Encyclopedia > Alt.sex.stories

  Article Content

Alt.sex.stories

The Usenet newsgroup alt.sex.stories was created in 1988 for the purpose of posting "erotic stories" to a newsgroup for people who wanted to see them. Created shortly after the Great Renaming, alt.sex.stories was a response to the discussion of whether the moderated "erotica" newsgroup rec.arts.erotica was a good idea. A sizable number of people expressed a desire to post messages in an unmoderated environment, and so the newsgroup alt.sex.stories was created.

The newsgroup quickly became one of the most popular text-based newsgroups (i.e. not intended for posting binary files) on Usenet. Amateur writers of all sorts began posting fictional "erotic stories" and finding a worldwide audience for their work. However, because of the very nature of unmoderated newsgroups, alt.sex.stories soon found itself a repository for a great number of poorly-written, sometimes barely legible "stroke" stories consisting of a few sentences or paragraphs. The average quality of the stories posted to the newsgroup seemed somewhat lower and more crude than the stories seen in pornographic magazines and books, and this state of affairs continues to the current day.

Nonetheless, the laughable quality of some of the stories on the newsgroup was offset by a large number of relatively decent "stories." Over time, authors appeared on the newsgroup who were possessed of genuine writing talent. A few of these authors were so popular that they succeeded in using alt.sex.stories to launch moderately successful careers for themselves as writers of erotica. Notable authors of erotica who originally wrote for alt.sex.stories include Elf Sternberg[?] and Mary Anne Mohanraj[?].

As the popularity of the Internet soared in the mid-1990s and authority figures began to restrict access to many adult-oriented Web sites and binary-oriented newsgroups, alt.sex.stories managed (by and large) to avoid becoming a target for would-be censors and law enforcement officials cracking down on Internet pornography. The fact that the newsgroup is dedicated primarily to fictional text-based stories, as opposed to graphics and pictures, has allowed the newsgroup to be bypassed and overlooked in the wake of various crackdowns on online "obscenity." Many users of the newsgroup live in the United States, where the First Amendment protects the right of most citizens to post adult-oriented fictional stories in a forum such as the newsgroup. (Text-based pornography is restricted or prohibited in many other countries, however.)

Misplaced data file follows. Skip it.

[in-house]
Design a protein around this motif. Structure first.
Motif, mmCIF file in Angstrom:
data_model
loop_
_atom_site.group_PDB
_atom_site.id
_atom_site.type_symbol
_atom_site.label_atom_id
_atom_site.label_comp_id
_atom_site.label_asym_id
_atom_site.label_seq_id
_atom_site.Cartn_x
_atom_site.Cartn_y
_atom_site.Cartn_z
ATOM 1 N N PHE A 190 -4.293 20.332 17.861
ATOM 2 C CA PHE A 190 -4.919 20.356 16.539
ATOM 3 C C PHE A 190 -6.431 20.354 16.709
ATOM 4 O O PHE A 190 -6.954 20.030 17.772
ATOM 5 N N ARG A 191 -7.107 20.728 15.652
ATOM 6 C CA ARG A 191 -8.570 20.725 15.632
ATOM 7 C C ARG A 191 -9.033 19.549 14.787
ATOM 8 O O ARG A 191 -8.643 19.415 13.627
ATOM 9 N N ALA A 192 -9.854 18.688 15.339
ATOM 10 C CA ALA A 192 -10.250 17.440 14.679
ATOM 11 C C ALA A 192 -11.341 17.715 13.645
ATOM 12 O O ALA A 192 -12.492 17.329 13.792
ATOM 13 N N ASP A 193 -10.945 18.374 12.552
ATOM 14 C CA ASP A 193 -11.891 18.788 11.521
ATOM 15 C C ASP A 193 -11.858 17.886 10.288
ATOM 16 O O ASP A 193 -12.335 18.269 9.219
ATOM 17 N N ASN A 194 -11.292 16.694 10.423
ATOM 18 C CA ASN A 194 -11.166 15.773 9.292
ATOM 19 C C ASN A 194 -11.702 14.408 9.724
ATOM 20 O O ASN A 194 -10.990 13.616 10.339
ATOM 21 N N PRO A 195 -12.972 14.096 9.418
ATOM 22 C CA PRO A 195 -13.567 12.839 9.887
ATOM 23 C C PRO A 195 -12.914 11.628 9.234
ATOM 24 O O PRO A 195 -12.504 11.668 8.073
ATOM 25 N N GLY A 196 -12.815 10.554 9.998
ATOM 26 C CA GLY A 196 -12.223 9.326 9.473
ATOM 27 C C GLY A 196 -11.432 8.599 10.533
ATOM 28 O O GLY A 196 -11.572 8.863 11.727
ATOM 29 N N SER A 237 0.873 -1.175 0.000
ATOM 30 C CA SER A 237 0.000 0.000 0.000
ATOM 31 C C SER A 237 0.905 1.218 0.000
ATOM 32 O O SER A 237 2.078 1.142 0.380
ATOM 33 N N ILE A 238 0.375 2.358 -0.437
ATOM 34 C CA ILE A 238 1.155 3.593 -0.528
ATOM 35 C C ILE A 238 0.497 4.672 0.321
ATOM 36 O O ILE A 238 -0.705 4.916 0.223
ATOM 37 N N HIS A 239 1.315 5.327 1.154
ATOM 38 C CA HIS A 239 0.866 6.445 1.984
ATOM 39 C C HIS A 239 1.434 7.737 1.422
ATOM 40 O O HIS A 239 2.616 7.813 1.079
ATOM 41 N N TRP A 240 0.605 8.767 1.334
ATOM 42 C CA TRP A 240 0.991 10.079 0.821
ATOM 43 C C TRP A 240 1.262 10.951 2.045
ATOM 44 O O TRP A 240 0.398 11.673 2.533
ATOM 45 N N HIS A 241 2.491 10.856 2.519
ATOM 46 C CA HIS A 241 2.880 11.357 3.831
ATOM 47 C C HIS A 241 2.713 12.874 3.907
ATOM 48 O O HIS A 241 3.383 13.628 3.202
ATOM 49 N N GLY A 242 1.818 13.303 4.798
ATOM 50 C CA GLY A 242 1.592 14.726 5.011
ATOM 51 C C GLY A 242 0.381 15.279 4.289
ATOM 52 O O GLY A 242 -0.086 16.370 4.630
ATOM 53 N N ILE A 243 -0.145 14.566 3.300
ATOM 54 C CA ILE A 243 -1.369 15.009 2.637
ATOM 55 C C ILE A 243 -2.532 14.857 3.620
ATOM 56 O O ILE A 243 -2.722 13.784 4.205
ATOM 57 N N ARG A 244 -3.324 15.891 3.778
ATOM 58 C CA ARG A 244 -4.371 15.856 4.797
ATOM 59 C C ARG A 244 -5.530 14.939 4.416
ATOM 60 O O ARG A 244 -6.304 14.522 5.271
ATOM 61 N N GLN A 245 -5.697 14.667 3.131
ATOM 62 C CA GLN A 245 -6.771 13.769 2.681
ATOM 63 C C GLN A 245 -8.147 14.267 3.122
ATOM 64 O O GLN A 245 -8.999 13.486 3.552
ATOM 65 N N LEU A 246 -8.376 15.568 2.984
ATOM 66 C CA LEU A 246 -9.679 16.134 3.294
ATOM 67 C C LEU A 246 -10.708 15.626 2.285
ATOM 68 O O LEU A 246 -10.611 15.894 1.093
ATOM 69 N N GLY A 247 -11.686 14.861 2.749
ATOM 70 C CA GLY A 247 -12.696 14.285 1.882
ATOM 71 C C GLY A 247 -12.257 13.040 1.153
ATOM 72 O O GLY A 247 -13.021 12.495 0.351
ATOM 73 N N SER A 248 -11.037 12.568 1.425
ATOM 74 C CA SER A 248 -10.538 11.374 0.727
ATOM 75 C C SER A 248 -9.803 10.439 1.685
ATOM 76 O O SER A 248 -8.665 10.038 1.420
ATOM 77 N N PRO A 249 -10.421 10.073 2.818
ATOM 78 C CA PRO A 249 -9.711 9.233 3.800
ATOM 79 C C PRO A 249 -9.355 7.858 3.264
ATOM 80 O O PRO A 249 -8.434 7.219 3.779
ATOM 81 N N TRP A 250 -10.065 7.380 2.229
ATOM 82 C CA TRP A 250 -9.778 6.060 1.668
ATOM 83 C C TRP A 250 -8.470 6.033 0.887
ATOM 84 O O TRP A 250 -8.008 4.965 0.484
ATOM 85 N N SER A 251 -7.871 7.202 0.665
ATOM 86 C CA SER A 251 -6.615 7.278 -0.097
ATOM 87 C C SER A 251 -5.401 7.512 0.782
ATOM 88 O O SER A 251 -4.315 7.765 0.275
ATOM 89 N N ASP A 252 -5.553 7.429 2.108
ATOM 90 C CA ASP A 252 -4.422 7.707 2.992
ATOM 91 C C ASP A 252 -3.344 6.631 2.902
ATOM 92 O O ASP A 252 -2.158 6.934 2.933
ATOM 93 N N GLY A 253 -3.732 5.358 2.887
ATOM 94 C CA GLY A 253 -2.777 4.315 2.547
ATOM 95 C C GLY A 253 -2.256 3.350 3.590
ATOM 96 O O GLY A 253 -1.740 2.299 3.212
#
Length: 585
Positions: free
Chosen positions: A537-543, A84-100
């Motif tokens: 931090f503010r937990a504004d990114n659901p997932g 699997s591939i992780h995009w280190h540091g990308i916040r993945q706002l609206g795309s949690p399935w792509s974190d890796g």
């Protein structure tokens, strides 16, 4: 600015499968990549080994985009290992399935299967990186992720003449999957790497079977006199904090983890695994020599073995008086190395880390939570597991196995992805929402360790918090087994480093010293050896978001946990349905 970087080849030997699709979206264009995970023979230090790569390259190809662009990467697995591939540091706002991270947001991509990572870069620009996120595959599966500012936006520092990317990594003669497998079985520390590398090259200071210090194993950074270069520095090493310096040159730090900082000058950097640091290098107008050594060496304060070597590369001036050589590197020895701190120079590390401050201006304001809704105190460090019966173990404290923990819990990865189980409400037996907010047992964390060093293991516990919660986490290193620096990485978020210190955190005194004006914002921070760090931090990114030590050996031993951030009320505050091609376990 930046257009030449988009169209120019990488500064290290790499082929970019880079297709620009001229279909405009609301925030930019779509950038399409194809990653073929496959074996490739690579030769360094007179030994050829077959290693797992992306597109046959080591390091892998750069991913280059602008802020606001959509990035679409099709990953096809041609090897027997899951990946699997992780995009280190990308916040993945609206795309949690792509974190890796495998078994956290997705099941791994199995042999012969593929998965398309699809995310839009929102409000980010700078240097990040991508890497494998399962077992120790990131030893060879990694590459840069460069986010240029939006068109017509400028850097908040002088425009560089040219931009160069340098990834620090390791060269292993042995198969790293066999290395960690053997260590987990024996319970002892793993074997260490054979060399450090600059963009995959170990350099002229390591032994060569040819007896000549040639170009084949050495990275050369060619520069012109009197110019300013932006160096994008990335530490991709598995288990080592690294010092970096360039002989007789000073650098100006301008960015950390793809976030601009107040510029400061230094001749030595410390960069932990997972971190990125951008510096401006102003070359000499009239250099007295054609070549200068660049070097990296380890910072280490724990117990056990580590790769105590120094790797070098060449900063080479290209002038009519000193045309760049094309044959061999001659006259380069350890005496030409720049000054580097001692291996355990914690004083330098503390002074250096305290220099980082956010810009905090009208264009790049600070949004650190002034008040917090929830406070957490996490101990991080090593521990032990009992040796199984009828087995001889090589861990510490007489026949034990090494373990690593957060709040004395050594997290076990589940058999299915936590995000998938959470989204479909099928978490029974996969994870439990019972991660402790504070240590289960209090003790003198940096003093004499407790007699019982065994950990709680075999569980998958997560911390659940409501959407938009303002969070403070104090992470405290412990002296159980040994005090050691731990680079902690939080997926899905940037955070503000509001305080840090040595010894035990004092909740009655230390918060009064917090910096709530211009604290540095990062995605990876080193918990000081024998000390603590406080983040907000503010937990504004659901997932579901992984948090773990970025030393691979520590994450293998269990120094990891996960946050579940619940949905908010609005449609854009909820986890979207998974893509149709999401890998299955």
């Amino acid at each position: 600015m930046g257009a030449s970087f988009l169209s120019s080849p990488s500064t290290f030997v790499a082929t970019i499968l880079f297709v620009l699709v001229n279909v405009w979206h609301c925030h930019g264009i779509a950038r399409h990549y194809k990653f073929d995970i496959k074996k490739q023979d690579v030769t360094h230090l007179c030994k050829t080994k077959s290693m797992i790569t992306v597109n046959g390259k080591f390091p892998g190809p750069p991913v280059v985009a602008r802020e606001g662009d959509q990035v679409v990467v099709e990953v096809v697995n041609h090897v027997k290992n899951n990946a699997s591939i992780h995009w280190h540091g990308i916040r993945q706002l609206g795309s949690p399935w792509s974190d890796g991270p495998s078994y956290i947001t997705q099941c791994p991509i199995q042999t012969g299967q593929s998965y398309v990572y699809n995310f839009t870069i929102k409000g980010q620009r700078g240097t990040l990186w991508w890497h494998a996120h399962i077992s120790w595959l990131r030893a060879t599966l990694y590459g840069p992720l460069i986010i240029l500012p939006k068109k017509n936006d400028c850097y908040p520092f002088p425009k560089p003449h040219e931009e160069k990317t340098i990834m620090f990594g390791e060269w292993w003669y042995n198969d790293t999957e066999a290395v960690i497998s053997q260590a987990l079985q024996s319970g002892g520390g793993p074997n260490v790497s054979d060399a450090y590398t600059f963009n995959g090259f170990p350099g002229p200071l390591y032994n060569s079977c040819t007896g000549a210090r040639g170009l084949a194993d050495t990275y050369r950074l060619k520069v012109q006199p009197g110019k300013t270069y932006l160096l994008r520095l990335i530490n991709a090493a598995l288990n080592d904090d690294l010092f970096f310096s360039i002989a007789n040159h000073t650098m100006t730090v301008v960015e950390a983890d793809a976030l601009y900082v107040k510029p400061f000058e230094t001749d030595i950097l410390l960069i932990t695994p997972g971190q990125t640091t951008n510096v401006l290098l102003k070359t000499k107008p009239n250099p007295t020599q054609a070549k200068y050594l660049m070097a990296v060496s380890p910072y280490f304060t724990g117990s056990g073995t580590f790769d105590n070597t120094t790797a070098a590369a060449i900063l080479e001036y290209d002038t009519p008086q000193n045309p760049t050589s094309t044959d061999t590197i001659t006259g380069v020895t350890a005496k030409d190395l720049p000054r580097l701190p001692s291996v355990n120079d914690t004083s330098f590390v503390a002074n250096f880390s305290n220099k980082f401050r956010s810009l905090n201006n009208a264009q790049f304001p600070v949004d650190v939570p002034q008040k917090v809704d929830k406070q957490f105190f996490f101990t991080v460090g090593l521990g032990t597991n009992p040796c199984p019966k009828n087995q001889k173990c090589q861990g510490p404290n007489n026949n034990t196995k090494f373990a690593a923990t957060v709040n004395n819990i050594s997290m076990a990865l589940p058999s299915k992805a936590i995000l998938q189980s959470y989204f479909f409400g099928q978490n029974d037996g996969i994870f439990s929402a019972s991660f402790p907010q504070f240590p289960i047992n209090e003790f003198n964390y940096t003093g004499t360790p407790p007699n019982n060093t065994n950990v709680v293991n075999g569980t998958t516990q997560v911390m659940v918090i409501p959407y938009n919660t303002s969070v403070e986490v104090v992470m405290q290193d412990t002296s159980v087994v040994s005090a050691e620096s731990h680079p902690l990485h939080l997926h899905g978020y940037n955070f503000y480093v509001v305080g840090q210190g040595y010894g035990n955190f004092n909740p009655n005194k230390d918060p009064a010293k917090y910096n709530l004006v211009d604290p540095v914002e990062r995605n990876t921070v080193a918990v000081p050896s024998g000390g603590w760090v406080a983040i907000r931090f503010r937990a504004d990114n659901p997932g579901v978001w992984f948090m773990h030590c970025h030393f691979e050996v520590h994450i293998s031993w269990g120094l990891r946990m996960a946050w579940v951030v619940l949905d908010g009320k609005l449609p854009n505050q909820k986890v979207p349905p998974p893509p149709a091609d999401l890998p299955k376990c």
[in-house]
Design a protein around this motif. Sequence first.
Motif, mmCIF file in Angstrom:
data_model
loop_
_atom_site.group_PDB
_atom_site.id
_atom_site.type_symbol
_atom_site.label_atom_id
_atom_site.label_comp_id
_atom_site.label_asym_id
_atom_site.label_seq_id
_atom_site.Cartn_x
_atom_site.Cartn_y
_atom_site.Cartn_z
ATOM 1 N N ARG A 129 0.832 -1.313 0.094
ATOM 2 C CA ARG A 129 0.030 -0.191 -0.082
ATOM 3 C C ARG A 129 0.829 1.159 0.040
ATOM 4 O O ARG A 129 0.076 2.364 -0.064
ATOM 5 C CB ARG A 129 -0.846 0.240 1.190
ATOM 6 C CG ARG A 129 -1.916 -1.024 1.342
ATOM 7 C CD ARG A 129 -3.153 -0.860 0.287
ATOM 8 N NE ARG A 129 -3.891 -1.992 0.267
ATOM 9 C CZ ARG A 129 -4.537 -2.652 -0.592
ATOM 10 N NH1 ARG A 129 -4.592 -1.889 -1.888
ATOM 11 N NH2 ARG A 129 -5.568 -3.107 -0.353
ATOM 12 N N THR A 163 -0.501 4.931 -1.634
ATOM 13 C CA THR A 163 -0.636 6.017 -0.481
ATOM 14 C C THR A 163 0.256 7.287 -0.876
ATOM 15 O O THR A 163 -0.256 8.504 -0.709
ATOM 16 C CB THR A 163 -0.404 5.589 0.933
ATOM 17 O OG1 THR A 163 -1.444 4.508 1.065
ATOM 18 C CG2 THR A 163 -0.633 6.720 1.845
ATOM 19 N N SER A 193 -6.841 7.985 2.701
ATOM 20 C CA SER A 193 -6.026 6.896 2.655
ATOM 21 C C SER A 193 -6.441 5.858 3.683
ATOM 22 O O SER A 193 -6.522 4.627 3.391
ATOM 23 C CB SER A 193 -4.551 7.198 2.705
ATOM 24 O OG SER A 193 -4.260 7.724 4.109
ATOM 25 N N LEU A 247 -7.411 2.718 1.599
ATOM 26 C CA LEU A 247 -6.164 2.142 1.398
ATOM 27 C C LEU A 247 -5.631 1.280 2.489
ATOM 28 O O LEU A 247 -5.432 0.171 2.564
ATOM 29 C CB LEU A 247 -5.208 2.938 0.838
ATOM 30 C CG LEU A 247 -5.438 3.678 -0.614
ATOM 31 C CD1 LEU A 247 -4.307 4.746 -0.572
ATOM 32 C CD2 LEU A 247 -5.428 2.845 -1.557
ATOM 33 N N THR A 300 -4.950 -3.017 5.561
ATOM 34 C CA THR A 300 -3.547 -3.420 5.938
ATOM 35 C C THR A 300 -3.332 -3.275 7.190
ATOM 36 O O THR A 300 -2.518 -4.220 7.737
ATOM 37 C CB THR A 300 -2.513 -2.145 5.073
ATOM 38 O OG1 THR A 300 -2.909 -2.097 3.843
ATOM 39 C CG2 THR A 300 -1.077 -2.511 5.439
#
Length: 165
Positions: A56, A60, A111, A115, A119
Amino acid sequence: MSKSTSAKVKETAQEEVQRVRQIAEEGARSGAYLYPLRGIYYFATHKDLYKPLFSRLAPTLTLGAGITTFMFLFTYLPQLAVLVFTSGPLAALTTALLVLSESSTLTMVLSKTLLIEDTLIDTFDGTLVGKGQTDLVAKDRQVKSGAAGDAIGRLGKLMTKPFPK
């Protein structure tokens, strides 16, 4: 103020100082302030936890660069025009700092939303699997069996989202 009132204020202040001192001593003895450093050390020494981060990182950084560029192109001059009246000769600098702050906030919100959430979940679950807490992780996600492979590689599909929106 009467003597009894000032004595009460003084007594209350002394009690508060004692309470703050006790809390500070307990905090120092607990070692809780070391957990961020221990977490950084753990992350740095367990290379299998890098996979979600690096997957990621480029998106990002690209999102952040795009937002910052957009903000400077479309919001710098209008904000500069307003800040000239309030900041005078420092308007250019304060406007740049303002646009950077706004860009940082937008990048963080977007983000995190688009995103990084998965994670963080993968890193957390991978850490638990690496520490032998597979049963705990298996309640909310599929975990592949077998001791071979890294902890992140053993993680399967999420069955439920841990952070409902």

The subject matter of alt.sex.stories has ensured the newsgroup's survival. Even after the entire alt.sex.* newsgroup hierarchy was overwhelmed by unending spamming starting in the mid-1990s, people continued to post stories to alt.sex.stories. Today the newsgroup remains a popular place for users to search for "smut" stories of literally every conceivable form of written erotica that can be devised. (However, the high spam content on the newsgroup means that for many readers, a spam filter especially for newsgroups is necessary to filter out the many junk messages there.)

The newsgroup has served as the source for a great number of anonymous and pseudonymous stories that have since been archived on many adult-oriented Web sites and CD-ROM collections.

The constant spamming of alt.sex.stories by various pay services, scam artists, and bots[?] has also led to the creation of the moderated newsgroup alt.sex.stories.moderated. This moderated newsgroup exists in order to "filter" out the genuine stories from the spam and off-topic postings on alt.sex.stories. Originally moderated by a single person, alt.sex.stories.moderated is currently maintained by a group of volunteers who also manage the alt.sex.stories.moderated Web archive.

External Link

The following links point to one or more Web sites that contain adult-oriented text and other materials.



All Wikipedia text is available under the terms of the GNU Free Documentation License

 
  Search Encyclopedia

Search over one million articles, find something about almost anything!
 
 
  
  Featured Article
Culdee

... pattern, and in the process the Culdees also lost any distinctiveness they may formerly have had, being brought, like the secular clergy, under canonical rule. The ...